Monday, April 30, 2012

(170) Perfection is possible?

I have a conundrum.

What is a perfect victory?

Simple question, hard to answer.

Perfection implies flawlessness. If perfection is truly only attainable by being flawless across the board, then perfection is not attainable, because the universe and everything in it is not flawless. Of course, that also depends on what a flaw is to you. Some would see human anger as a flaw. Others would see human anger as a trait, that is neither bad nor good - it just is, like an element. Hydrogen, for example. If all "flaws" are not flaws at all, and are simply traits that "be," then does that mean everything is perfect regardless of what state it's in, since flaws don't really exist? I find this kind of compelling. In a sense, "it is what it is."

Ultimately, our perception of "flaw" is determined by us, the definers. Definition is just a democratic way of determining what words are used for. The most common usages determine the definition of a word. This is why one should not seriously get wrapped up in semantics - ultimately, it means what we say it means. And what we say can change. But I'm not being serious here, I'm playing.

I've struggled to define the word "perfection" for years. I'm afraid to say I am no closer to defining it now than I was then. So let's leave it for now and explore it later.

But what about victory? That's the other part of the phrase I'm trying to define.

In racing, it is often said that "a win's a win, whether by a mile or an inch." This states that there is no degree to a win. You win, or you don't. By how much makes no difference. Doesn't it though? Doesn't a win by a mile have a different effect on the minds of the winner and the loser over a win by an inch? Does not a close finish give hope to the runner-up, while a crushing defeat leaves the runner-up with lost hope and the winner more elated? This seems to indicate that a win is not simply a win. Domination above and beyond simply winning is possible.

In the San Francisco region of the SCCA, there are 13 total autocross events scheduled for the summer series. Last weekend was round 6. In the rules, each 4 events competed adds one drop round in the points championship, which means that if 13 rounds are run, the competitor with the 9 best finishes wins the championship.

I currently have 5 wins in 5 visits. Each win is worth 200 points, so I have 1,000 points.

If I win 9 rounds, I will have the highest effective points score possible at 1,800.

Is that a perfect victory? A flawless victory? A domination? I don't know. All I know is that's the best I can do given the rules. And I will chase it.

Update: I did not realize there were 13 rounds scheduled, not 8. I have corrected the numbers. Perfect eh?

Let's finish off this pretentious post with some video, and a dose of reality. I'm getting a big head.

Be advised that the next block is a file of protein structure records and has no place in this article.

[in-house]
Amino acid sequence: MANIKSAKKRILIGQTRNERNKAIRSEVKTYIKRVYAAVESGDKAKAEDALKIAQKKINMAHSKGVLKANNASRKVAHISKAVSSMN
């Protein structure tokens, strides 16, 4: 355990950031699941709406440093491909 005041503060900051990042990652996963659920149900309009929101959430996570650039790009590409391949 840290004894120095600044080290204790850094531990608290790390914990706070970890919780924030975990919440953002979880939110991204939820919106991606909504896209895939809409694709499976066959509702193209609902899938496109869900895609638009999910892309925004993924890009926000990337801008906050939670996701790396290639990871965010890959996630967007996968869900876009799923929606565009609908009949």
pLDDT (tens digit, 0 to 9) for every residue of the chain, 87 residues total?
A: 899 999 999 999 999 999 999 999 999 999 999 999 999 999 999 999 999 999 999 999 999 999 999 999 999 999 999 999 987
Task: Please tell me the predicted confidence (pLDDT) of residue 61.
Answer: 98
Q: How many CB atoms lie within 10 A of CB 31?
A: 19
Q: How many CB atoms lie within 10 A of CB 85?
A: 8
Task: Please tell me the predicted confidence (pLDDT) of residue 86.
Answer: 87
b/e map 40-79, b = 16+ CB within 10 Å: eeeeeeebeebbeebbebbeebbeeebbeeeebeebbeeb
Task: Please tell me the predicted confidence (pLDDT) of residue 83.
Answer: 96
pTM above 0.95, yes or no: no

Round 6 helmet cam footage.


Tuesday, April 17, 2012

(169) Fifth time's the charm

The day of the fifth round of the SFR SCCA championship autocross season was met with rather fantastic weather. Our afternoon run group had perfect weather for all of our runs.

The course was interesting. There were many short slaloms, and a few very slow hairpin corners. It was not a long course but it was lower speed, so it took the same amount of time as usual, around 43 seconds in our WRX. One of the tricky bits about the slaloms was that the first two you had to enter on the right, but then the next one you had to enter on the left. If you didn't have your eyes looking ahead, it was easy to get confused about where to go next. Autocross in general is really good for practicing heads-up driving. It's very important to have your eyes follow the course so that you're not making snap reactions to which way it's going.

My dad is getting faster, too. He was only one and a bit seconds off my best time.

My best time ended up being a 42.882, and Scott's was a 44.566. We took first and second in the novice class respectively! On my fastest run I thought I hit a cone, but I must have just brushed it because it did not penalize me.

A friend of my dad's, Bill, was also experiencing his first autocross event last weekend. I took him on my two fastest runs so he could see what it was all about. I love introducing new people to the sport. When people go for fast rides or even try driving fast themselves for the first time, it puts a smile on both our faces because they are experiencing something new and wonderful, and I get to relive that wonderment a little bit. It's halfway selfish but I don't mind admitting that.

So, here's my point of view from the day!



Round 5 helmet cam footage.


Tuesday, April 3, 2012

(168) The wins of the father

This last weekend was another autocross. Unfortunately I wasn't able to go.

On Friday I woke up and I couldn't lift my head off the pillow. Scary moment. I've never suffered from sleep paralysis or anything like it, and having difficulty getting up isn't an issue for me. It turned out to be a muscle that seized up while I was sleeping - probably in an awkward position. It was preventing my head from tilting, and it was incredibly painful if I tried to force it.

I could have probably survived the road trip to the Monterey coast, but it would have been very uncomfortable. And even then, actually strapping on the helmet and subjecting my neck to g-force was worrying to say the least. I have a high pain tolerance, but I couldn't even push gently on the side of my head.

So, my dad took the car down to the event without me. On the day of the event, round about mid day, the muscle finally unclamped itself, but it was still very sore. It's still sore, actually. But at least I can move my head.

It was a stroke of luck for Scott, because he ended up grabbing the win in the novice class! I'm proud of my dad for getting his first win.

Congrats dad! Photo credit Jess Escobar.